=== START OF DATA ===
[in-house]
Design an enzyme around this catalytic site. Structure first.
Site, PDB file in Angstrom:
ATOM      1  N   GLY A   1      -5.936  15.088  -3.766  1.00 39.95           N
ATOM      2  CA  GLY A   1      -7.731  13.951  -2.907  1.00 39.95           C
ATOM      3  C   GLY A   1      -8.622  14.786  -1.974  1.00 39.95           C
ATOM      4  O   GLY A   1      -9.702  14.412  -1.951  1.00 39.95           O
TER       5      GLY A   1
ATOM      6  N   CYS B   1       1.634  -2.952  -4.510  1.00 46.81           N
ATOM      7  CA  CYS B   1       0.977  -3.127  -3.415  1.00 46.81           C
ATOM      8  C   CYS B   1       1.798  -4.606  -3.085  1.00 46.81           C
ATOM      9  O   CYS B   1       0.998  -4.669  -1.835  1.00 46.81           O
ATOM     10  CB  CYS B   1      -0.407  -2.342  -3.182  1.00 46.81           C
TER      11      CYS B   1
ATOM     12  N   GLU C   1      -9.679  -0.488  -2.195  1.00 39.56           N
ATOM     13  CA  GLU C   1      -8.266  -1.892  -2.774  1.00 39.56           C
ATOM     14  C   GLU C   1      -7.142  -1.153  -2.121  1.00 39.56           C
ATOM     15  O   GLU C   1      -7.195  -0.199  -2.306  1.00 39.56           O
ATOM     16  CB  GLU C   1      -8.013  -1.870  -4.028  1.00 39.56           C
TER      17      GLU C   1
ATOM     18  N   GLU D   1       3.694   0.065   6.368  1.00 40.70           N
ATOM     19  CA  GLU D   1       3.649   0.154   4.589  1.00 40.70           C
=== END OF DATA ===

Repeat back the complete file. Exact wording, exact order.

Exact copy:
[in-house]
Design an enzyme around this catalytic site. Structure first.
Site, PDB file in Angstrom:
ATOM      1  N   GLY A   1      -5.936  15.088  -3.766  1.00 39.95           N
ATOM      2  CA  GLY A   1      -7.731  13.951  -2.907  1.00 39.95           C
ATOM      3  C   GLY A   1      -8.622  14.786  -1.974  1.00 39.95           C
ATOM      4  O   GLY A   1      -9.702  14.412  -1.951  1.00 39.95           O
TER       5      GLY A   1
ATOM      6  N   CYS B   1       1.634  -2.952  -4.510  1.00 46.81           N
ATOM      7  CA  CYS B   1       0.977  -3.127  -3.415  1.00 46.81           C
ATOM      8  C   CYS B   1       1.798  -4.606  -3.085  1.00 46.81           C
ATOM      9  O   CYS B   1       0.998  -4.669  -1.835  1.00 46.81           O
ATOM     10  CB  CYS B   1      -0.407  -2.342  -3.182  1.00 46.81           C
TER      11      CYS B   1
ATOM     12  N   GLU C   1      -9.679  -0.488  -2.195  1.00 39.56           N
ATOM     13  CA  GLU C   1      -8.266  -1.892  -2.774  1.00 39.56           C
ATOM     14  C   GLU C   1      -7.142  -1.153  -2.121  1.00 39.56           C
ATOM     15  O   GLU C   1      -7.195  -0.199  -2.306  1.00 39.56           O
ATOM     16  CB  GLU C   1      -8.013  -1.870  -4.028  1.00 39.56           C
TER      17      GLU C   1
ATOM     18  N   GLU D   1       3.694   0.065   6.368  1.00 40.70           N
ATOM     19  CA  GLU D   1       3.649   0.154   4.589  1.00 40.70           C